‘Joanna,’ he said. ‘Is this what Nat would have wanted? Remember Berlin? Remember Nat.’

Joanna paused. She looked puzzled. Looked at Frank, at Weston, then at the woman whose throat she was trying to slash.

She lifted the knife on high and gave a mighty scream as she plunged the knife down with vicious force…


An hour later, Frank was outside number 17 Florence Road wishing he’d never given up smoking. Joanna’s body was being bagged, ready to go to the mortuary. Constable Trent had been checked by the medical team and Weston had been managing the team documenting the case.

‘This job gets no easier,’ he said to Frank. ‘Some days I envy you going independent.’

Frank thought for a moment.

‘Not sure it makes any difference. People still die. People still commit suicide. We just help tidy up afterwards.’

‘You always were a cynic,’ Weston said.

‘How’s the constable?’ Frank asked.

‘Superficial wound, and she’s refusing to go home. She also wants to thank you for saving her life.’

Frank shook his head. ‘It’s what we do, isn’t it? She’ll do the same someday. What’s your report going to say?’

‘You said it already. Argument with girlfriend, stress, homicide, then suicide when the balance of her mind was disturbed.’

Frank looked at his former colleague. It was a simple explanation, fitted the facts and left the matter sufficiently tidy to allow people to move on.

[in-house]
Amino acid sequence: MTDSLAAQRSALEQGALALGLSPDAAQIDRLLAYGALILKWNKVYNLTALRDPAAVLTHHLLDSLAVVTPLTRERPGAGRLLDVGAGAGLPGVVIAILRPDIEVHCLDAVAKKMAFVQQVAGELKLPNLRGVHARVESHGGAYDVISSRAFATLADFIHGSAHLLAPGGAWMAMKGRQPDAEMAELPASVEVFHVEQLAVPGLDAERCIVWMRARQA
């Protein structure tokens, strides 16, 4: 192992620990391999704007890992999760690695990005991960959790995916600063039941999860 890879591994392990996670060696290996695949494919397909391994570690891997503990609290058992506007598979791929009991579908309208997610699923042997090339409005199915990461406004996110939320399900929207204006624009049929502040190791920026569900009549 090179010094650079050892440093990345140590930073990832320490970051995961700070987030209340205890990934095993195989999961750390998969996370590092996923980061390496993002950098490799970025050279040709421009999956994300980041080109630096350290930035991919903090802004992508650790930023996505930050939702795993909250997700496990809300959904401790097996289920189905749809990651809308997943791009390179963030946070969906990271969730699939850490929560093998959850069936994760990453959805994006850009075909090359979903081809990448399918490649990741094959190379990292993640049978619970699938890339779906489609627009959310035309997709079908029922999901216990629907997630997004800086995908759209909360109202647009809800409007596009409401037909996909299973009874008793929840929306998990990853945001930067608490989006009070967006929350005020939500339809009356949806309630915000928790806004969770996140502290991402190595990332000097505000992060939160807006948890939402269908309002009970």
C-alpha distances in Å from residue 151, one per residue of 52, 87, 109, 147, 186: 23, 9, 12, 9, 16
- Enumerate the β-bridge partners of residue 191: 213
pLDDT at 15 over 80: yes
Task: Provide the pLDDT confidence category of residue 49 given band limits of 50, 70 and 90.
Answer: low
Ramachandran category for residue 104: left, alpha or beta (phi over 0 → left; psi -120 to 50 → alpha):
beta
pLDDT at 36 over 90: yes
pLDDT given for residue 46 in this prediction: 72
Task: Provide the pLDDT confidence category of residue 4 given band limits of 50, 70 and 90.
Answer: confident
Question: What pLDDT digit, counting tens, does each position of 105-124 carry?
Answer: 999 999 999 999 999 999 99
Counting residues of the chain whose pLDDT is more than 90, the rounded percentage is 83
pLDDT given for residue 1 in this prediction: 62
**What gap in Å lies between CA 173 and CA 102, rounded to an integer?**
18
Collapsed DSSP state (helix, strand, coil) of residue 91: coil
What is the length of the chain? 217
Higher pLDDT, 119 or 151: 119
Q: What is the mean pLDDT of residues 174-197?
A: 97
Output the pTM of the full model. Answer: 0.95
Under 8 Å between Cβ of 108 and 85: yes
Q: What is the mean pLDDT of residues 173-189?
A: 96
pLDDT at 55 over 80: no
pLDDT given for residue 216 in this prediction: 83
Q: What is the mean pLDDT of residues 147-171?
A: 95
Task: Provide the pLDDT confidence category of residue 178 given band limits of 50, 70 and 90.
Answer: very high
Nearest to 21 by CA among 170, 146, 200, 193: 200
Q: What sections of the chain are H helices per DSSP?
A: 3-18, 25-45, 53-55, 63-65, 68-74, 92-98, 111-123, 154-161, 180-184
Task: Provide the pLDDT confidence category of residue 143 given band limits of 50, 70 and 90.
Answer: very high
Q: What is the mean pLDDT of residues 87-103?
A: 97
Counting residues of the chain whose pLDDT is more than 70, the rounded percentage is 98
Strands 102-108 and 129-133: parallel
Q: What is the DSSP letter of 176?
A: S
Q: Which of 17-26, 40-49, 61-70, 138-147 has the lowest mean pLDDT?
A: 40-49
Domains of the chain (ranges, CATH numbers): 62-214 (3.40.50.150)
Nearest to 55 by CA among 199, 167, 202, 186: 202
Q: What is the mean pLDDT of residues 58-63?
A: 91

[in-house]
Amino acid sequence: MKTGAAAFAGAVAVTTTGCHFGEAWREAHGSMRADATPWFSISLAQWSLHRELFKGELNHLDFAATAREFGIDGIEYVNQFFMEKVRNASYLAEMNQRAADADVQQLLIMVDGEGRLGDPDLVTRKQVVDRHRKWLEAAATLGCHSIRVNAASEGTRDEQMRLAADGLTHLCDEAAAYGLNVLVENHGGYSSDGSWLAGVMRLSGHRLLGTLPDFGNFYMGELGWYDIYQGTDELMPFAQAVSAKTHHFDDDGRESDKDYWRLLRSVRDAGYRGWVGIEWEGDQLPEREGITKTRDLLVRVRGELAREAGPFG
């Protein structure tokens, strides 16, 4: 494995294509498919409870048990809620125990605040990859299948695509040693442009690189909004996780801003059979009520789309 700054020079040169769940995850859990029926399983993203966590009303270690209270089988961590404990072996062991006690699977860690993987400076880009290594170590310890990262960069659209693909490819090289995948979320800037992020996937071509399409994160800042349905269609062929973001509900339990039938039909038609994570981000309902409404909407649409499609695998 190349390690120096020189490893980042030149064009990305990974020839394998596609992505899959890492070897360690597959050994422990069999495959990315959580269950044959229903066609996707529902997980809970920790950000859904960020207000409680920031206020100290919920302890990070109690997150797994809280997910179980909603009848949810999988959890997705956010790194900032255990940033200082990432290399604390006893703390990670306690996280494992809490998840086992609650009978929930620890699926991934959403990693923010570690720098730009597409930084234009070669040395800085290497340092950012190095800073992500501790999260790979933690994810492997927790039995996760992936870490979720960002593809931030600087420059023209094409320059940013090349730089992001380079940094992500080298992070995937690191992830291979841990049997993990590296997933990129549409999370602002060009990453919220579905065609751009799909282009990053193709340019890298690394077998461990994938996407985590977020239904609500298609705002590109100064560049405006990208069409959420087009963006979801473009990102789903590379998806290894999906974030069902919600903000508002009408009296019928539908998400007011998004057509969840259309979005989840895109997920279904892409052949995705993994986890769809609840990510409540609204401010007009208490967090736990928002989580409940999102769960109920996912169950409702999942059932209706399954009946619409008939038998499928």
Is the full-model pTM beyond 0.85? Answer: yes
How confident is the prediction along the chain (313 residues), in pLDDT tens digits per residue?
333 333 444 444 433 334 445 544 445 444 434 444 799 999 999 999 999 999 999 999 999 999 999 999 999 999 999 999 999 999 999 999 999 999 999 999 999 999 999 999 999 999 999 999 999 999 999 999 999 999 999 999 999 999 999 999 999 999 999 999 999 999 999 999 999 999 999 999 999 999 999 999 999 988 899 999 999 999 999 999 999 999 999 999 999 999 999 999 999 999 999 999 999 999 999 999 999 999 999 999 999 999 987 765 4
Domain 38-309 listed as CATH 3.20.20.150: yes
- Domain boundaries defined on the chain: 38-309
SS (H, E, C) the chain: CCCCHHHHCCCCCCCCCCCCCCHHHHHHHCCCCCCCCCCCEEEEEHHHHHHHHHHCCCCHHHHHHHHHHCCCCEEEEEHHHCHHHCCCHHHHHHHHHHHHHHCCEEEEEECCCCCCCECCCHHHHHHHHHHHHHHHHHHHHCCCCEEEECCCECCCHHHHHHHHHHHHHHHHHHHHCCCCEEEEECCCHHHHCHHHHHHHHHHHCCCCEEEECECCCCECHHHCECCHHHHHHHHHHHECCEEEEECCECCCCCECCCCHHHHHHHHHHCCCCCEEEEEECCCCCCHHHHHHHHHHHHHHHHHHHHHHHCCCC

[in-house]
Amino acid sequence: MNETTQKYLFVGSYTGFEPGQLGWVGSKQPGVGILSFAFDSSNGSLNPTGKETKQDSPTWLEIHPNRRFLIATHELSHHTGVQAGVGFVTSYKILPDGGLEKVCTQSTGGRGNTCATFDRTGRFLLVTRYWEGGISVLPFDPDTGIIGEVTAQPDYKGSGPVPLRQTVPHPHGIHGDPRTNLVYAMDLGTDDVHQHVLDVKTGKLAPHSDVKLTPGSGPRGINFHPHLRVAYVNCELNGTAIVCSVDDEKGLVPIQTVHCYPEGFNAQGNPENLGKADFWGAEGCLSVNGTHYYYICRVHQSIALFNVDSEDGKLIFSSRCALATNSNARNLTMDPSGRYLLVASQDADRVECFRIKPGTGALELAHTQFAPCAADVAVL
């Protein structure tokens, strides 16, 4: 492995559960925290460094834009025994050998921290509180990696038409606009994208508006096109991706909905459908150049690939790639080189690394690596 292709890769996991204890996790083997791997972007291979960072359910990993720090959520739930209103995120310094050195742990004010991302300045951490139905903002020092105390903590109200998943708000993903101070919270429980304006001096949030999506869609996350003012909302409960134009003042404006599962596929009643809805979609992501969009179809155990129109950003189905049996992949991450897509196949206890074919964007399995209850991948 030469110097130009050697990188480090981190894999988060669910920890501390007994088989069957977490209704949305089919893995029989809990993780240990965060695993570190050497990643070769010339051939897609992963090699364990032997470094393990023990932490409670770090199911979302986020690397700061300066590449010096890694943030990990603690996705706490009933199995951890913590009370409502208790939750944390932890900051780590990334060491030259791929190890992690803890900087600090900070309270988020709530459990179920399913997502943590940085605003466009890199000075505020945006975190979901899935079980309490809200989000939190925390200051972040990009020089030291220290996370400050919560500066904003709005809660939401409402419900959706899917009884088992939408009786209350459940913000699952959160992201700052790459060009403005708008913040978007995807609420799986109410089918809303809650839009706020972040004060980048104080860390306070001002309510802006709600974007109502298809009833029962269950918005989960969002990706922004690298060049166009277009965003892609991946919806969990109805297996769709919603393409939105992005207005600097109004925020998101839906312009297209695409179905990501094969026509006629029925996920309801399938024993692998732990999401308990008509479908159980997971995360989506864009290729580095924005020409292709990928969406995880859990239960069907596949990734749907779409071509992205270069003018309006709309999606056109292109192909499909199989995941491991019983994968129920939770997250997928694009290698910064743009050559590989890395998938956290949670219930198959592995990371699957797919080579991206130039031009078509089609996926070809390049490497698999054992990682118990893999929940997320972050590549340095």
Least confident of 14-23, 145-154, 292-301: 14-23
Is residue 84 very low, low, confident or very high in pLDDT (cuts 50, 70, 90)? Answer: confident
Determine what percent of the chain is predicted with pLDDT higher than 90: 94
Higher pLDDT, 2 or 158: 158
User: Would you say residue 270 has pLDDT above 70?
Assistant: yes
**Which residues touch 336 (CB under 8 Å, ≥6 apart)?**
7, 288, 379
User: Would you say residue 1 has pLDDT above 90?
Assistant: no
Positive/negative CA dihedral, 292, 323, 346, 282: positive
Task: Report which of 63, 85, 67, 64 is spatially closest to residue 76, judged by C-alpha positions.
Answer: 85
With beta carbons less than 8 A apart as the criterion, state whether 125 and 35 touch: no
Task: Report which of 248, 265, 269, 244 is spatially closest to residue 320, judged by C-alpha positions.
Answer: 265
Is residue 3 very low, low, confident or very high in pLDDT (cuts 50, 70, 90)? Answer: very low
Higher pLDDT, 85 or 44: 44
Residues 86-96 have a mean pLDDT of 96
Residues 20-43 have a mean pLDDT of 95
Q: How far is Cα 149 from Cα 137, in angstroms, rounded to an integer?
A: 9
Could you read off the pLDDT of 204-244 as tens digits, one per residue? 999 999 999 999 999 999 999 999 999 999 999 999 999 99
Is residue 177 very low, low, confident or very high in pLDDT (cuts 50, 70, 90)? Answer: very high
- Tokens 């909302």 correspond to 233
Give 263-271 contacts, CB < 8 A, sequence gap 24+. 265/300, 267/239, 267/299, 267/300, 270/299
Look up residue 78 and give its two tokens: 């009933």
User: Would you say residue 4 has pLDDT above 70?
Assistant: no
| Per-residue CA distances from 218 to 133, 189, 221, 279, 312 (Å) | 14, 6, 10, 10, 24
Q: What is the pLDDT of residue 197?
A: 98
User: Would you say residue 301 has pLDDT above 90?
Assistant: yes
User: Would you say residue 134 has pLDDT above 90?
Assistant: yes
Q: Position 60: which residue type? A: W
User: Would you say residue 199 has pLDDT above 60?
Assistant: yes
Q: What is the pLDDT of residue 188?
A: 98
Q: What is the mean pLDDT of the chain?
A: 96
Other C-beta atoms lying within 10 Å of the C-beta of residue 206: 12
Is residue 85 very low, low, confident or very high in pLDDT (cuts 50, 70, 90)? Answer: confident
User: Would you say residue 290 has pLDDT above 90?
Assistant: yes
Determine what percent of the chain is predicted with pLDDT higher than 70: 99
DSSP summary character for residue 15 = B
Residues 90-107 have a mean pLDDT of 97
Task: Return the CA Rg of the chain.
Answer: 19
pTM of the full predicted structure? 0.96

‘You should see someone about your neck,’ Weston said. ‘It’s heavily bruised. I can get you dropped at A&E.’

Frank shook his head again. ‘I’ll be fine after a beer. I’ll take an aspirin when I get home. If it’s not right in the morning, I’ll see the quack. We can’t all afford time off work.’

It was Weston’s turn to shake his head.

‘You take better care,’ he said. ‘Next time, don’t just go rushing in.’

‘There always is,’ Frank said. ‘A next time, I meant.’

With that, he pulled his coat tight over his shoulders and strolled off. Some fresh air would clear his mind. A pint afterwards would settle his nerves.

Tomorrow was another day.



Leave a Reply

Fill in your details below or click an icon to log in:

WordPress.com Logo

You are commenting using your WordPress.com account. Log Out /  Change )

Twitter picture

You are commenting using your Twitter account. Log Out /  Change )

Facebook photo

You are commenting using your Facebook account. Log Out /  Change )

Connecting to %s

This site uses Akismet to reduce spam. Learn how your comment data is processed.